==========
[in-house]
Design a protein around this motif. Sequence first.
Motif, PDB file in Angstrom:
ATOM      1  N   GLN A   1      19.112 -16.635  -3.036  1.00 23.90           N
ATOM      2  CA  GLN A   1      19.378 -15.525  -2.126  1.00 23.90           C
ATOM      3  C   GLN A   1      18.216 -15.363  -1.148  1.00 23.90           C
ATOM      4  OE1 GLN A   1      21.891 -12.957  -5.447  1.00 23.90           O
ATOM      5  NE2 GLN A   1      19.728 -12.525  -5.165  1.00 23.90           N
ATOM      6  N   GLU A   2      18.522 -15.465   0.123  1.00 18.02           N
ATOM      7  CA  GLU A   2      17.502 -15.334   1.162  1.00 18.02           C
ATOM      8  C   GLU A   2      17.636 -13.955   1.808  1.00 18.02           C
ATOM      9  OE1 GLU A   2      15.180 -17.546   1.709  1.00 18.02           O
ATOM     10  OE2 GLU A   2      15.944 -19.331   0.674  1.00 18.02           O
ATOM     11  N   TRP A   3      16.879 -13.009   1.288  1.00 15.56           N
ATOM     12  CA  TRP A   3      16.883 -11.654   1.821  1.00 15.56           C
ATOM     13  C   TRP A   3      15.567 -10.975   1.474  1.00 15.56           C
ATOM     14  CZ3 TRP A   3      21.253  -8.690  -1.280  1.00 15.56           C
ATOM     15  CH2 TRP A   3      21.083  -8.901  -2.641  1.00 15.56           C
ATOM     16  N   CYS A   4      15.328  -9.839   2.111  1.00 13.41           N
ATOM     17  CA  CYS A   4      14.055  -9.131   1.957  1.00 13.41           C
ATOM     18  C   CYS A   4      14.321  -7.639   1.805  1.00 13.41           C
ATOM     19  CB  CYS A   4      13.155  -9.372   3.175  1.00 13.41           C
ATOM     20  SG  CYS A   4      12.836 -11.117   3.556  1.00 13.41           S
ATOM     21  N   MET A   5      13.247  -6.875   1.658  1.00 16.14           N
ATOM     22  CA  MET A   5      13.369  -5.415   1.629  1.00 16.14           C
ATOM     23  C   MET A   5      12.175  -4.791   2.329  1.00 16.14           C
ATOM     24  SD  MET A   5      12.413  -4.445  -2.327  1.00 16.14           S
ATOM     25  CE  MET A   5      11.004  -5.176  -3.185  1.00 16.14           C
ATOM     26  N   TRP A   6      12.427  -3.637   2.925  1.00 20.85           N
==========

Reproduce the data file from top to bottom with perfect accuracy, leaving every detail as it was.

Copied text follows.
[in-house]
Design a protein around this motif. Sequence first.
Motif, PDB file in Angstrom:
ATOM      1  N   GLN A   1      19.112 -16.635  -3.036  1.00 23.90           N
ATOM      2  CA  GLN A   1      19.378 -15.525  -2.126  1.00 23.90           C
ATOM      3  C   GLN A   1      18.216 -15.363  -1.148  1.00 23.90           C
ATOM      4  OE1 GLN A   1      21.891 -12.957  -5.447  1.00 23.90           O
ATOM      5  NE2 GLN A   1      19.728 -12.525  -5.165  1.00 23.90           N
ATOM      6  N   GLU A   2      18.522 -15.465   0.123  1.00 18.02           N
ATOM      7  CA  GLU A   2      17.502 -15.334   1.162  1.00 18.02           C
ATOM      8  C   GLU A   2      17.636 -13.955   1.808  1.00 18.02           C
ATOM      9  OE1 GLU A   2      15.180 -17.546   1.709  1.00 18.02           O
ATOM     10  OE2 GLU A   2      15.944 -19.331   0.674  1.00 18.02           O
ATOM     11  N   TRP A   3      16.879 -13.009   1.288  1.00 15.56           N
ATOM     12  CA  TRP A   3      16.883 -11.654   1.821  1.00 15.56           C
ATOM     13  C   TRP A   3      15.567 -10.975   1.474  1.00 15.56           C
ATOM     14  CZ3 TRP A   3      21.253  -8.690  -1.280  1.00 15.56           C
ATOM     15  CH2 TRP A   3      21.083  -8.901  -2.641  1.00 15.56           C
ATOM     16  N   CYS A   4      15.328  -9.839   2.111  1.00 13.41           N
ATOM     17  CA  CYS A   4      14.055  -9.131   1.957  1.00 13.41           C
ATOM     18  C   CYS A   4      14.321  -7.639   1.805  1.00 13.41           C
ATOM     19  CB  CYS A   4      13.155  -9.372   3.175  1.00 13.41           C
ATOM     20  SG  CYS A   4      12.836 -11.117   3.556  1.00 13.41           S
ATOM     21  N   MET A   5      13.247  -6.875   1.658  1.00 16.14           N
ATOM     22  CA  MET A   5      13.369  -5.415   1.629  1.00 16.14           C
ATOM     23  C   MET A   5      12.175  -4.791   2.329  1.00 16.14           C
ATOM     24  SD  MET A   5      12.413  -4.445  -2.327  1.00 16.14           S
ATOM     25  CE  MET A   5      11.004  -5.176  -3.185  1.00 16.14           C
ATOM     26  N   TRP A   6      12.427  -3.637   2.925  1.00 20.85           N